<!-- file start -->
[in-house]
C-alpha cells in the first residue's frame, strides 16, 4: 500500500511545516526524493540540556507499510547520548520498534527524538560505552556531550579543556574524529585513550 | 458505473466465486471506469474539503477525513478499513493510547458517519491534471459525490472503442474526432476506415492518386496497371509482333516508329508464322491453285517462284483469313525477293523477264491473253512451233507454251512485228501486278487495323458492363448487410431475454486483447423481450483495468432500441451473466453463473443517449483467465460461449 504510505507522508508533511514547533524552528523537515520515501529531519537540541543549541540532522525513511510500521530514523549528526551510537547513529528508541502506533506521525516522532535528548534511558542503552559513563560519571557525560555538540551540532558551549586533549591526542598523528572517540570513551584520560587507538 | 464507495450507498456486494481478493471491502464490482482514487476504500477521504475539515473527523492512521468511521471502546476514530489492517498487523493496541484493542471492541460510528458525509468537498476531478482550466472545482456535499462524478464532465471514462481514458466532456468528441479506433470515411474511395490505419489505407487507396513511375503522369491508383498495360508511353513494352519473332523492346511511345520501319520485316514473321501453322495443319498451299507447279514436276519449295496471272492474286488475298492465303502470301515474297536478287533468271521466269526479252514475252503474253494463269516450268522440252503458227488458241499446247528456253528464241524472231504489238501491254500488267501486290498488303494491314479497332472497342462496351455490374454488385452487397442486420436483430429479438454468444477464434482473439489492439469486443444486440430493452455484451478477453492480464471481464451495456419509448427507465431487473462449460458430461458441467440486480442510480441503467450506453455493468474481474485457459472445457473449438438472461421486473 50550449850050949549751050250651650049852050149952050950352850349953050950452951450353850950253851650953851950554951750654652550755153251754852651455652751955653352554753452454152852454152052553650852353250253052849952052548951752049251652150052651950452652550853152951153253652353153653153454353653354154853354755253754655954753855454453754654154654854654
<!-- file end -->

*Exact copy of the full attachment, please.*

[in-house]
C-alpha cells in the first residue's frame, strides 16, 4: 500500500511545516526524493540540556507499510547520548520498534527524538560505552556531550579543556574524529585513550 | 458505473466465486471506469474539503477525513478499513493510547458517519491534471459525490472503442474526432476506415492518386496497371509482333516508329508464322491453285517462284483469313525477293523477264491473253512451233507454251512485228501486278487495323458492363448487410431475454486483447423481450483495468432500441451473466453463473443517449483467465460461449 504510505507522508508533511514547533524552528523537515520515501529531519537540541543549541540532522525513511510500521530514523549528526551510537547513529528508541502506533506521525516522532535528548534511558542503552559513563560519571557525560555538540551540532558551549586533549591526542598523528572517540570513551584520560587507538 | 464507495450507498456486494481478493471491502464490482482514487476504500477521504475539515473527523492512521468511521471502546476514530489492517498487523493496541484493542471492541460510528458525509468537498476531478482550466472545482456535499462524478464532465471514462481514458466532456468528441479506433470515411474511395490505419489505407487507396513511375503522369491508383498495360508511353513494352519473332523492346511511345520501319520485316514473321501453322495443319498451299507447279514436276519449295496471272492474286488475298492465303502470301515474297536478287533468271521466269526479252514475252503474253494463269516450268522440252503458227488458241499446247528456253528464241524472231504489238501491254500488267501486290498488303494491314479497332472497342462496351455490374454488385452487397442486420436483430429479438454468444477464434482473439489492439469486443444486440430493452455484451478477453492480464471481464451495456419509448427507465431487473462449460458430461458441467440486480442510480441503467450506453455493468474481474485457459472445457473449438438472461421486473 50550449850050949549751050250651650049852050149952050950352850349953050950452951450353850950253851650953851950554951750654652550755153251754852651455652751955653352554753452454152852454152052553650852353250253052849952052548951752049251652150052651950452652550853152951153253652353153653153454353653354154853354755253754655954753855454453754654154654854654